As more of our clients develop sites and apps for mobile devices, we have seen an increased need to conduct usability testing on tablets and smartphones. Finding the right recording solution has been challenging, especially when compared to recording desktop usability sessions.
For desktop usability, there are many different applications that allow us to capture screen interactions along with a picture-in-picture view of a participant’s face. When trying to apply this to mobile device testing, it’s particularly difficult to capture an accurate and clear video recording of the session. Although clients typically want to see the participant’s face, often it’s more important to see what the user’s hands and fingers are tapping and swiping on the mobile device.
An added complication is that the mobile devices are… mobile; in other words, participants move them during the session, making video capture an even bigger challenge. Here at Mediabarn, we made the decision at the onset to develop a mobile testing solution that wouldn’t require any attachments (e.g., cameras, sleds, or wires) to the device. We felt that wrapping a device with mounts and wires would create an unusual user experience.
In order to mimic as lifelike an environment in the usability lab as possible, we offer a variety of flexible solutions and equipment, including wireless HD connections, wiring and power in our ceilings, and a large selection of cameras, mounts and arms. Our recording system allows us to try various approaches and enables us to cater to diverse groups of participants, dependent on the objectives of each unique study. For example, we discovered that testing mobile devices with kids requires a different setup than one we might use with adults. Specifically, kids have a tendency to pull devices into their laps, while adults seem content to use devices on the tabletop. During longer studies, however, we have found that adults tend to pull the device closer to their chest and lap as their arms become fatigued. The bottom line is that our technical approach considers the participants, the type of device, the type of site or app being tested, and the length of study.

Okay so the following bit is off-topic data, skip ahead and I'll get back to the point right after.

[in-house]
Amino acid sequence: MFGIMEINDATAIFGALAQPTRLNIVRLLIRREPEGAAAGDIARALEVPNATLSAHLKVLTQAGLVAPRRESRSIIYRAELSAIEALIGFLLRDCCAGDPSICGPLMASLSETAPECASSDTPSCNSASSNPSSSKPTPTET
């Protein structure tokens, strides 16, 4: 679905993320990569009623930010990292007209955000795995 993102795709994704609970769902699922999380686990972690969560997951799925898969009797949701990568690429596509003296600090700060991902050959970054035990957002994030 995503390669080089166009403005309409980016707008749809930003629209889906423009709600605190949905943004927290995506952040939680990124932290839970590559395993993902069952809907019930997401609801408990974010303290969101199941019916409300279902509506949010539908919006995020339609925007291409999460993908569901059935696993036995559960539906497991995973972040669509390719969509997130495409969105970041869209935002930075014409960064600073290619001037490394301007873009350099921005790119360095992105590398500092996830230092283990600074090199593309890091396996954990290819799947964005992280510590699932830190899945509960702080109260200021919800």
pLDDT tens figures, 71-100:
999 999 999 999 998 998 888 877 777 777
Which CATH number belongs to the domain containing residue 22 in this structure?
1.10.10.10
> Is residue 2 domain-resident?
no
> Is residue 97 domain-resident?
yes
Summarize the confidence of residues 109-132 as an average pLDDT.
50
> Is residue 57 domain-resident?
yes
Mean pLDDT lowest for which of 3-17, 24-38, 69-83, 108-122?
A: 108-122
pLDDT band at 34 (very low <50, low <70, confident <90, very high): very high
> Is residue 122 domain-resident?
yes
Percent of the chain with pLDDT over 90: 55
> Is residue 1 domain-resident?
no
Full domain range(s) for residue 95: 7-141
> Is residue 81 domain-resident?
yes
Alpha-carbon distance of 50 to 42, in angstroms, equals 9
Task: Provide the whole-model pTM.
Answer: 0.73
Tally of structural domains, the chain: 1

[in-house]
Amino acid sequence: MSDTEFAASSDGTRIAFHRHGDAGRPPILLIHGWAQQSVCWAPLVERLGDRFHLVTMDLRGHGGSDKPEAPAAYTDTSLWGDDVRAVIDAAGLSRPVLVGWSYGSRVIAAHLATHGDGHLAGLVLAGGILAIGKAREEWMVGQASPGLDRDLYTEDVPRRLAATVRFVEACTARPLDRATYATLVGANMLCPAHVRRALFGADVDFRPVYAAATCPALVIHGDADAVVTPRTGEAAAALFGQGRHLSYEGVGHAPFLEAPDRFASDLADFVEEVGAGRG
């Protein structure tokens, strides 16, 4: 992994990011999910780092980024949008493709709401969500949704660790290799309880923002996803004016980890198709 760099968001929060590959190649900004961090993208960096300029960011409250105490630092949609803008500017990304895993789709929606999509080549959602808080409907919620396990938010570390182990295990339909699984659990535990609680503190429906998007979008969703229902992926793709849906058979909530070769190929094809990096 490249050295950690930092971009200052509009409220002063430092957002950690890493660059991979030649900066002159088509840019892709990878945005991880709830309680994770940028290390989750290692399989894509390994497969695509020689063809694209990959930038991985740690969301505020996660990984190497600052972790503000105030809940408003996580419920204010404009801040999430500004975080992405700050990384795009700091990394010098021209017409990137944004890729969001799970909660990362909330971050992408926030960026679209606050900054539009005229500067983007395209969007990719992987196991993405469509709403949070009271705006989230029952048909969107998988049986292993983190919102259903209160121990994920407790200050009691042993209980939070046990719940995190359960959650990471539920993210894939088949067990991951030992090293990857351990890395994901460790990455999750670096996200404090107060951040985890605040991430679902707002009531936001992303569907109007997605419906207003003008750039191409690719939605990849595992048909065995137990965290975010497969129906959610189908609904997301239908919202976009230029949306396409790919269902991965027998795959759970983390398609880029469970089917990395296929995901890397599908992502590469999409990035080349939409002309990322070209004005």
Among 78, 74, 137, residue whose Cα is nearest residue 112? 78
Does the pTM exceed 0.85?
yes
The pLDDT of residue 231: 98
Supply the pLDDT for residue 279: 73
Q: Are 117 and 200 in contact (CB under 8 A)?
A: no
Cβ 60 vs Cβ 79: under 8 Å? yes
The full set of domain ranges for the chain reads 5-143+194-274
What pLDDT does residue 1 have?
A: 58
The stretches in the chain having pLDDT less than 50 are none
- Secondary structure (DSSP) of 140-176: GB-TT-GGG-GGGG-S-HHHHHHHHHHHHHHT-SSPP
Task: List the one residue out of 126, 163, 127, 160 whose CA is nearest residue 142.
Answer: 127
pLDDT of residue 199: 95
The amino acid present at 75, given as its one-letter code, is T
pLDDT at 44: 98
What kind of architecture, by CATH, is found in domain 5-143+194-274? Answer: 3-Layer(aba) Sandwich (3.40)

We essentially have two main setups:
(1) Camera. We have a number of different camera setups. Generally, we use an “over the shoulder” view or our telescoping arm document camera (our most recent equipment addition). This setup allows for a clear view of the screen as well as what the respondent is doing on the screen. We find that most of our clients are more interested in seeing how participants manipulate what they see on the screen, so this is what we record. Additionally, there are two cameras (one on each side of the participant) showing body language or facial expressions. When we’re testing kids, or for longer studies, we use ceiling cameras, placed to the right or left of the respondent so that their head will not block our view if they lean over the device.
(2) Apple mirroring and Airplay. When it’s more important for our clients to have a crystal clear view of what is on the device screen than to see participants’ hand or finger movements, we use this type of screen capture recording. As with the other technique, the dual cameras capture facial expressions and body movements.
While we would love to have a single solution for recording mobile device usability tests, we have found that maintaining a flexible approach is the best way to fulfill the needs of our clients and their individual projects.